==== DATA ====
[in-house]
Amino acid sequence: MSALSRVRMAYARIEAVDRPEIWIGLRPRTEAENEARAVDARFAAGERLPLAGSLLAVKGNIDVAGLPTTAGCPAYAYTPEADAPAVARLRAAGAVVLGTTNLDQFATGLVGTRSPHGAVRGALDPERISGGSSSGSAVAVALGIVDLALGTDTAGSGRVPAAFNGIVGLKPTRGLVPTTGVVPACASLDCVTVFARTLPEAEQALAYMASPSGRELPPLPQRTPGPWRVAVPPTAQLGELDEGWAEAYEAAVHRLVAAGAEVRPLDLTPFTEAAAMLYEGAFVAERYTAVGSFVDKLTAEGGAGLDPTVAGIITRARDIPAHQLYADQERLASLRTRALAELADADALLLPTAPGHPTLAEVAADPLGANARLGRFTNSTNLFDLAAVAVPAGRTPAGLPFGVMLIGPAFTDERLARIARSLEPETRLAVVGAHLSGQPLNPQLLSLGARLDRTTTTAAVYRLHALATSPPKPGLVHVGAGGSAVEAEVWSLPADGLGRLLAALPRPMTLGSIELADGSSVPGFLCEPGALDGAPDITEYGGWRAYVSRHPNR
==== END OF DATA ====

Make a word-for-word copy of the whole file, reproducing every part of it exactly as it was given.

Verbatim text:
[in-house]
Amino acid sequence: MSALSRVRMAYARIEAVDRPEIWIGLRPRTEAENEARAVDARFAAGERLPLAGSLLAVKGNIDVAGLPTTAGCPAYAYTPEADAPAVARLRAAGAVVLGTTNLDQFATGLVGTRSPHGAVRGALDPERISGGSSSGSAVAVALGIVDLALGTDTAGSGRVPAAFNGIVGLKPTRGLVPTTGVVPACASLDCVTVFARTLPEAEQALAYMASPSGRELPPLPQRTPGPWRVAVPPTAQLGELDEGWAEAYEAAVHRLVAAGAEVRPLDLTPFTEAAAMLYEGAFVAERYTAVGSFVDKLTAEGGAGLDPTVAGIITRARDIPAHQLYADQERLASLRTRALAELADADALLLPTAPGHPTLAEVAADPLGANARLGRFTNSTNLFDLAAVAVPAGRTPAGLPFGVMLIGPAFTDERLARIARSLEPETRLAVVGAHLSGQPLNPQLLSLGARLDRTTTTAAVYRLHALATSPPKPGLVHVGAGGSAVEAEVWSLPADGLGRLLAALPRPMTLGSIELADGSSVPGFLCEPGALDGAPDITEYGGWRAYVSRHPNR